As it turns out, flavours are quite adequate for many purposes. Kubuntu, Edubuntu, and Xubuntu all make extensive changes to their own specialised packages. Gobuntu is very similar to Ubuntu but removes packages with restrictive licensing terms (Ubuntu does not support many of these, but makes exceptions for items like firmware).

Acknowledging the prevalence and usefulness of derivation, packages in the Ubuntu archive should generally avoid explicit user-visible Ubuntu branding.

Package Control

When the Ubuntu project started, the founding developers were faced with a huge selection of packages from the Debian archive out of which to build Ubuntu. Among their considerations were ensuring that the main supported set of packages was reasonably secure and sufficiently stable that it would be possible to support them for 18 months after release; avoiding excessive duplication; selecting a set of packages known to be widely useful; allowing users to install without excessive amounts of manual configuration; and maintaining a level of quality and standards-compliance such that developers could do efficient work across the distribution. These considerations live on in the UbuntuMainInclusionRequirements. Packages which have not been selected for the main supported set are available from the universe and multiverse components of Ubuntu, and may be promoted to main or restricted (according to their licensing terms) if they are necessary and meet the requirements.

It quickly became necessary to maintain a list of those packages which had been selected for Ubuntu main, and the reasons why they were selected; thus the seeds were created, and the germinate program to expand their dependencies into full lists of packages. The initial seed list was base (the minimum set of packages required to run an Ubuntu system), desktop (the set installed in a default Ubuntu desktop installation), and supported (everything else in main). Nowadays, every object (CD/DVD images, live filesystems, various installation profiles) built from the Ubuntu archive has a corresponding set of seeds listing the packages it contains; the seeds and germinate are essential components of the Ubuntu archive and CD image building systems.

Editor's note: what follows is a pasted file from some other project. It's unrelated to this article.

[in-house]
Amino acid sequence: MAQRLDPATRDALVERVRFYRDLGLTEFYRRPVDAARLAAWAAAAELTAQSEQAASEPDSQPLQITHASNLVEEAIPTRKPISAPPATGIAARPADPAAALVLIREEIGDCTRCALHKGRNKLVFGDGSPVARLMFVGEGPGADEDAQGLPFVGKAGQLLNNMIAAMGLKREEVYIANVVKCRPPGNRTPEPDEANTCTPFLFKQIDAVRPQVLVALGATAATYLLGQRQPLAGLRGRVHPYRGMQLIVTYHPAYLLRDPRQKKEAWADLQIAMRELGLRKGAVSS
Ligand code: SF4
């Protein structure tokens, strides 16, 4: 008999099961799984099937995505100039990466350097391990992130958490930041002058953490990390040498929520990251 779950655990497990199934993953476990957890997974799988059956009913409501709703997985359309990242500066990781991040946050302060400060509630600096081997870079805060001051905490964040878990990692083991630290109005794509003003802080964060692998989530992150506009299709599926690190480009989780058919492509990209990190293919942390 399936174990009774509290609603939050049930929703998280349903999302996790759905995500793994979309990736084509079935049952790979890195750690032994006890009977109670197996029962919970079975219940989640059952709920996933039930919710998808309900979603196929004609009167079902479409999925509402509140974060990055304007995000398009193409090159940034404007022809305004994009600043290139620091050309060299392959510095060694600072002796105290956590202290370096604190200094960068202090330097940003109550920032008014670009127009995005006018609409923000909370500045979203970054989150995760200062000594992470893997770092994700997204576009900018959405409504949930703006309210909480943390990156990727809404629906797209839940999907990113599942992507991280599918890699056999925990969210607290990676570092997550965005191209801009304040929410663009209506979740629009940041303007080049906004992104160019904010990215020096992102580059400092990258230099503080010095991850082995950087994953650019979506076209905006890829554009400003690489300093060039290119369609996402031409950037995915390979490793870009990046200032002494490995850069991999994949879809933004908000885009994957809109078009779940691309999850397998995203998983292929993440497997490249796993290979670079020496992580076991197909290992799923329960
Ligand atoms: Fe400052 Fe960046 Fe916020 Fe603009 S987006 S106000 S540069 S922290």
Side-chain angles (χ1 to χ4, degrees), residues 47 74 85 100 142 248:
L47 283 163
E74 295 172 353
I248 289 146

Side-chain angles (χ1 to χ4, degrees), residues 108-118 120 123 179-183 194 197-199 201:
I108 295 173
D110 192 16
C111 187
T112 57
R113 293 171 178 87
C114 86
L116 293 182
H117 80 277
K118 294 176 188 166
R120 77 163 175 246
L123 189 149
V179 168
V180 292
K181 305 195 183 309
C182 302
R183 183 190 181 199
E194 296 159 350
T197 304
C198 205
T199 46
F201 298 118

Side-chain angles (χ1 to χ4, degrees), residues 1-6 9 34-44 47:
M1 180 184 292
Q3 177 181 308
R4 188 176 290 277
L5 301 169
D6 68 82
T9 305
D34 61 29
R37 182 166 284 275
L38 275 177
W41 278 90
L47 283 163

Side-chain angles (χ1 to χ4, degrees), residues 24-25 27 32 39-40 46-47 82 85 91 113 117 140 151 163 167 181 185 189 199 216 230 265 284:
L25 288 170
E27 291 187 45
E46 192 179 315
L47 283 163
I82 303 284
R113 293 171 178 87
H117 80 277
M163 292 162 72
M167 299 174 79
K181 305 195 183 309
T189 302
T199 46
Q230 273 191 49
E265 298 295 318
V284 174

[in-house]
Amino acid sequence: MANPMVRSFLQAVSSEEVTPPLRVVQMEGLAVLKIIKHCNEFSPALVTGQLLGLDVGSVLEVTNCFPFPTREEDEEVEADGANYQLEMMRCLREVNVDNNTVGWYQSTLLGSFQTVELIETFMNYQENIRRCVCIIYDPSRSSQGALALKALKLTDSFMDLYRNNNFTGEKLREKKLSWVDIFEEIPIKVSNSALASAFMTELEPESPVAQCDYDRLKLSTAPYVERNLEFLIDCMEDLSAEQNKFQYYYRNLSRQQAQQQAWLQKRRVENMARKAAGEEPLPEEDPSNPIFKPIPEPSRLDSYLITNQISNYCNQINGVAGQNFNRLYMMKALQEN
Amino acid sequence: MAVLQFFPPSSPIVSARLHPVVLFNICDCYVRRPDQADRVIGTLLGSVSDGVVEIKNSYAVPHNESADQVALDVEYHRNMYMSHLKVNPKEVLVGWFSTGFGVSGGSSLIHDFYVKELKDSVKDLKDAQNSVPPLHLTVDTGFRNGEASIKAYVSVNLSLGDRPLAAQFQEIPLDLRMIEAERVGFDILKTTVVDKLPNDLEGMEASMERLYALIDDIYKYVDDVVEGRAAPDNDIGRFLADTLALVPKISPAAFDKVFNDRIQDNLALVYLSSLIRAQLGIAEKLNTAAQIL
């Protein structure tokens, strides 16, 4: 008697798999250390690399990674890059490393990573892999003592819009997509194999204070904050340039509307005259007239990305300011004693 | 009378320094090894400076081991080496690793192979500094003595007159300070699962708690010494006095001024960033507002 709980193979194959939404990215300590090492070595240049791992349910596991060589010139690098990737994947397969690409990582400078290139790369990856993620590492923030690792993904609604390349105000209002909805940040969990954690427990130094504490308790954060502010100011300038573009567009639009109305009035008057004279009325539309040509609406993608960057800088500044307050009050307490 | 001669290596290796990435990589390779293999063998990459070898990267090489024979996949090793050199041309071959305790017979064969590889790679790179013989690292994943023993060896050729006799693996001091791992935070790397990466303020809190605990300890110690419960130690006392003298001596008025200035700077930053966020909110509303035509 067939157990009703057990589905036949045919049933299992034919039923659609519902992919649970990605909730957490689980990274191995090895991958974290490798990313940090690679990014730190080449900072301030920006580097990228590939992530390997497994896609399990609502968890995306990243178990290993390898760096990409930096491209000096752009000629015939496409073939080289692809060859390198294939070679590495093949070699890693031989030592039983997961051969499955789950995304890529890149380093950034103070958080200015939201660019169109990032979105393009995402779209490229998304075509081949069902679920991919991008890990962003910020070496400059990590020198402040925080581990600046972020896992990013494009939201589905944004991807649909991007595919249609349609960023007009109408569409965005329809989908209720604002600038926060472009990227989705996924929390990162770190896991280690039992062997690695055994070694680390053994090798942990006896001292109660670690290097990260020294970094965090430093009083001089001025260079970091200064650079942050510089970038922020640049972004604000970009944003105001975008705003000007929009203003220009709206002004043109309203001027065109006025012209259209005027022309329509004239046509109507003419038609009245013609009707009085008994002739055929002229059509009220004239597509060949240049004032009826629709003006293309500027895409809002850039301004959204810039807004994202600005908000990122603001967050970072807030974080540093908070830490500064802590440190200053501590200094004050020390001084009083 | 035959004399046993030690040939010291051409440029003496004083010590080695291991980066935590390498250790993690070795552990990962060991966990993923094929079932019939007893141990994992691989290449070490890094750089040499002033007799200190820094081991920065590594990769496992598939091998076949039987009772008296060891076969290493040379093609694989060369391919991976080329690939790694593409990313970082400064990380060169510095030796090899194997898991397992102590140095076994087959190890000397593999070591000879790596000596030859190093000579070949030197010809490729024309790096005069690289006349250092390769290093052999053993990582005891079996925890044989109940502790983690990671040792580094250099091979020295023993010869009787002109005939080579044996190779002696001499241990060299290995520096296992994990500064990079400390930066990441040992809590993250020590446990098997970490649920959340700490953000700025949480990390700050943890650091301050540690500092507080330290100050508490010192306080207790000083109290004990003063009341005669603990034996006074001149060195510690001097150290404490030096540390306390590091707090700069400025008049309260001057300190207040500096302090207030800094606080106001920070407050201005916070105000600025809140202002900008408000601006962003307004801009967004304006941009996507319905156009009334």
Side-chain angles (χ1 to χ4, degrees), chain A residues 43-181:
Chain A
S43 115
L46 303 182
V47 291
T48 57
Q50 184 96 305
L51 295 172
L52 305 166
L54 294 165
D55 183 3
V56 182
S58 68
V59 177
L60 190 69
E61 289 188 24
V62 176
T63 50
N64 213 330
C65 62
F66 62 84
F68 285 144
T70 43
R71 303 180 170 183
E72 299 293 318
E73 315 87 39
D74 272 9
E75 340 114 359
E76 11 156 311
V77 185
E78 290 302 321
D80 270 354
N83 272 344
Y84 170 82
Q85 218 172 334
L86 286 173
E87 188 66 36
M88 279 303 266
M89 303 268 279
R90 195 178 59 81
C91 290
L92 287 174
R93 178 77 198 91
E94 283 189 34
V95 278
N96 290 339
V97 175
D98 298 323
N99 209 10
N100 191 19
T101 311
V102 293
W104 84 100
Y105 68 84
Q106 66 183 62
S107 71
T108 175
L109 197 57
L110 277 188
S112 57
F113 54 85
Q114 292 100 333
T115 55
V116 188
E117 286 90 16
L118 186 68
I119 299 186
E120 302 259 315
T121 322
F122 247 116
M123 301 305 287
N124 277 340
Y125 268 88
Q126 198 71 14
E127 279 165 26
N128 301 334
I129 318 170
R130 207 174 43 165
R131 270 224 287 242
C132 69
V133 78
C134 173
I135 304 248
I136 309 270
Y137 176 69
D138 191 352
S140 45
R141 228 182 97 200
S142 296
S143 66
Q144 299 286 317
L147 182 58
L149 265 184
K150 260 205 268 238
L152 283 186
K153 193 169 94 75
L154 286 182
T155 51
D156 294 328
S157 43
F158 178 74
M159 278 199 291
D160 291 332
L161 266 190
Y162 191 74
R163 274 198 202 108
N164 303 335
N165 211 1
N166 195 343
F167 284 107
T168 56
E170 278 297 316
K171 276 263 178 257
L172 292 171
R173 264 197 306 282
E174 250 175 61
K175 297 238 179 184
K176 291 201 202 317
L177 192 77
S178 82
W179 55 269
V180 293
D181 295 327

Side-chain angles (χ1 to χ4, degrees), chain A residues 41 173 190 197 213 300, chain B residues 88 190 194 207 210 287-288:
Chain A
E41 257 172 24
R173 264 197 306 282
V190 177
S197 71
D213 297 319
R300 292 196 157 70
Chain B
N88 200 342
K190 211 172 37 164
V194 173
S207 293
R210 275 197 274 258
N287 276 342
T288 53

The seeds are stored in Bazaar branches, one per flavour.


Quick and straightforward installation is tremendously important to Ubuntu, as is the ability to build installation images with a minimum of human intervention. We support two basic installer designs:

  • The "alternate" installer was the only supported installation mechanism up to and including Ubuntu 5.10, and is still supported as a secondary mechanism for desktop installs and as the primary mechanism for server installs. It starts with a small self-hosting initial ramdisk which is capable of using extra .udeb packages to build up its capabilities at run-time, like a miniature Linux distribution. It then builds a functional base system on the target system from individual .deb packages using debootstrap, and goes on from there to install extra packages appropriate for the installation profile (desktop, server, etc.).

  • The "desktop" installer was introduced in Ubuntu 6.06, and is now the primary mechanism promoted for use by desktop users. It runs from a live CD, and operates by copying the contents of the live filesystem to the target system and then making small configuration adjustments to it.

The live filesystem itself is produced by the livecd-rootfs package, using debootstrap to build a base system and then installing desktop packages on top of that; the casper package deals with booting the live filesystem and making the necessary small number of tweaks at run-time in order for it to function well as a live CD.

Thus, all Ubuntu installations start out with an invocation of debootstrap, directly or indirectly. debootstrap itself installs all packages with Priority: required or Priority: important, which are set from the expansions of the required and minimal seeds respectively. The remaining packages are typically installed using either binaries from *-meta source packages (ubuntu-meta, kubuntu-meta, etc.), or using Task fields. Both of these are generated automatically or semi-automatically from the corresponding seeds.

The upshot is that seed changes are typically propagated to installation images with at most an updated upload of *-meta.

System boot

The boot process of an Ubuntu system starts with the boot loader (typically GRUB) which loads the kernel and an initial ramdisk (initramfs). The initramfs sets up the console, usually including a splash screen, starts the udev daemon to process device events from the kernel, finds and mounts the root filesystem, and chains to it, mounting some important virtual filesystems along the way.

Once the root filesystem is mounted, upstart takes over as PID 1, and begins to start tasks specified in /etc/init/. While this will change in the future, at the moment these tasks are essentially shims for System V init scripts and runlevels, defined in /etc/rc*.d/. In the default configuration, upstart runs the contents of /etc/rcS.d/, which sets up hardware and filesystems, and then runs the contents of /etc/rc2.d/, which starts a variety of system services.

In a desktop installation, one of the services launched is an X display manager, which presents a login screen. Otherwise, the user may log in on a virtual console using one of the getty instances started by upstart.

UbuntuArchitecture (last edited 2014-08-03 16:10:19 by nidalrashid)